I can decide I just don’t have the talent it takes, that other people have that magic something and I don’t, so I should give up. Or I can look honestly at what I’ve been trying to do and accept that if my voice doesn’t fit with Presents, maybe that’s because I’m trying to write what I think I “should” write rather than what I really want to write. Maybe I chose to target Presents because of the competitions, and because my writing buddies were aiming there, rather than out of a real commitment and desire to write for that line.

It’s an interesting idea- what if someone somehow managed to write well enough to win a contest for a line they really didn’t want to write for, and found themselves tied to writing books they didn’t really want to write?

Thank God, that didn’t happen to me! I’m assuming the editors would have contacted the contest winners by now, so not hearing anything means I’m not a winner or runner up. (Not that I expected to be!)

That means I’m free to take this story whatever direction I want. And I want to try it as a longer story, less focused on the relationship, though it’s still an important element. What if on the island fairy tales and magic are real? How will that affect Emma and Luk? How will that make a difference to their relationship? How will that make their issues different?

Maybe if I let my story run off the rails it will crash and burn in a hot mess. Maybe it will unfold its wings and fly. Let’s see!

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11 Responses to “Changes…”

  1. Jo Says:

    I know exactly what you mean, my entry was definitely MH and I adore my story and characters … But all my other ideas, waiting to be written, are Presents. I’ve never tried to write one although I have tried a romance and a historical!!

    Maybe we should just give ourselves permission to write what we want until we find our niche? I cringe at my entry last year, it was a romance with a billionaire thrown in to ‘make’ it MH! Oh dear.

    I’m not sure the winners will have been contacted yet, but I think you should write whatever makes your heart happy and worry about finding it a home when it’s finished 🙂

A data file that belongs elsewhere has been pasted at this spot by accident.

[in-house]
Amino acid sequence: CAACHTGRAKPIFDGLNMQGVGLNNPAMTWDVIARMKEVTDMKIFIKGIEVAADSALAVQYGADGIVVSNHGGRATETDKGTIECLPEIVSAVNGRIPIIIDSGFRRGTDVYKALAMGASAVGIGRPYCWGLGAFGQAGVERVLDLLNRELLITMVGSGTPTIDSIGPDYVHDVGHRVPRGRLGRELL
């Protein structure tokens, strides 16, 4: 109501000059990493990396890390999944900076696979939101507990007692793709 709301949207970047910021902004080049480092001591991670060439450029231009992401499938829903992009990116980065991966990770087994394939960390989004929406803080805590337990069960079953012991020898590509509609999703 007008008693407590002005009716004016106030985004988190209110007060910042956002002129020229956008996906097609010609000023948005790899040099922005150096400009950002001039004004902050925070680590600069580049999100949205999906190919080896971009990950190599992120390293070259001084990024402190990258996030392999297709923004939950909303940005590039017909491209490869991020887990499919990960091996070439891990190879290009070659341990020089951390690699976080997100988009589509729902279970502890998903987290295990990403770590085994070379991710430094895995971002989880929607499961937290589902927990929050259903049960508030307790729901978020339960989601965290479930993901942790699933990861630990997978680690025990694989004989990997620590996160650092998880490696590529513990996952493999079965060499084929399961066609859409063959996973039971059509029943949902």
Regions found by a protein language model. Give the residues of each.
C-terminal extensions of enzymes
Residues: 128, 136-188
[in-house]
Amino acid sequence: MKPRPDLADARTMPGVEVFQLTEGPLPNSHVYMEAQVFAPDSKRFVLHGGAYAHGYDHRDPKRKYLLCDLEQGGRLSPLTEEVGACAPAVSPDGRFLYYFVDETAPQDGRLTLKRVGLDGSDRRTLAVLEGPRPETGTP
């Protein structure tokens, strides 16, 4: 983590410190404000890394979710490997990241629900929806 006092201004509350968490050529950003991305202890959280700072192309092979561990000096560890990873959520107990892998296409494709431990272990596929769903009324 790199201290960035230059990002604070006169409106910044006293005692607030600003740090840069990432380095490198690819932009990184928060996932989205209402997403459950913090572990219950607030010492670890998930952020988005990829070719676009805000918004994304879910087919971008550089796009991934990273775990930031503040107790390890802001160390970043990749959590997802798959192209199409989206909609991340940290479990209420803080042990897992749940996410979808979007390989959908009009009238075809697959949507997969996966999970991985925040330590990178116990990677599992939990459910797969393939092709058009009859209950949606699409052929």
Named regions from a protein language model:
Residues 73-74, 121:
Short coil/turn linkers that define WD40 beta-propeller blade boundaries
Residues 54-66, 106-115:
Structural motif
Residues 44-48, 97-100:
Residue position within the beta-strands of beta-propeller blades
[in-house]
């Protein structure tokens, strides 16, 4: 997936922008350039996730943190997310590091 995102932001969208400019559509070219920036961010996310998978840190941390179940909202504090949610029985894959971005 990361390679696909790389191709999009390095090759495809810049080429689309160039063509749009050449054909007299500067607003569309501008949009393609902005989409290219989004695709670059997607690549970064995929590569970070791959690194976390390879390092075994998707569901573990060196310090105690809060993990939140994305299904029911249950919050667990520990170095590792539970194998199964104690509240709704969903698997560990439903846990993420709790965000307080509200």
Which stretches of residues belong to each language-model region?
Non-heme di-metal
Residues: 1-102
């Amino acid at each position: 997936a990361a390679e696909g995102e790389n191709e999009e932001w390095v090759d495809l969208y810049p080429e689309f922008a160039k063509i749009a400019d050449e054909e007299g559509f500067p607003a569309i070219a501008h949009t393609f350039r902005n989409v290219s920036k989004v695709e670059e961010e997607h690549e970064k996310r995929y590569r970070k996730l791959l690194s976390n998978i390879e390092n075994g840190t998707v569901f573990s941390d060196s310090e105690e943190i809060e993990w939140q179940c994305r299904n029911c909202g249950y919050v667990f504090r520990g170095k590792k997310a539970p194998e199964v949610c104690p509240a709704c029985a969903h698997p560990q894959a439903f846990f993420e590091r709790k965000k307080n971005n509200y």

2. susan meier Says:

    Wow! Don’t make a big decision too quickly! Especially if you like the Presents line.

    There are lots of reasons to get rejected and/or not final in a contest run by the publisher. Not having the right voice is one of them. But there are billions of others. None of which would keep you from your dream of writing for Presents.

    I have what I call a freezer rule. Before I was published (light years ago…LOL) when a manuscript was rejected I would put it (and the rejection letter) into my freezer for at least two weeks…so I couldn’t touch it. Because before the freezer rule I would sometimes set my rejected manuscript on fire. LOL

    I guess I was fairly passionate about my work.

    Anyway, if you don’t do anything on your manuscript, in two weeks you can look at the situation objectively, and you can make a clear decision.

    If you DO rework the manuscript…and it was a mistake…your head and heart will be in such a different place that you might not be able to come back.

    So don’t let anything (including my workshop which you’re taking! LOL) edge you toward a decision until you’ve really thought it all through and let some time pass…Like a week!

    By the way, I had a similar situation last weekend. I realized I needed to shift the focus of a series I will probably write next year. (I work ahead! LOL)

    I didn’t want to do it because the changes demolish some of what I’ve done.

    I let a week go by…and guess what? I do need to make the changes. But my emotions are in a better place. I can more clearly see what needs to go and what needs to stay. I won’t make mistakes in my “emotional” state.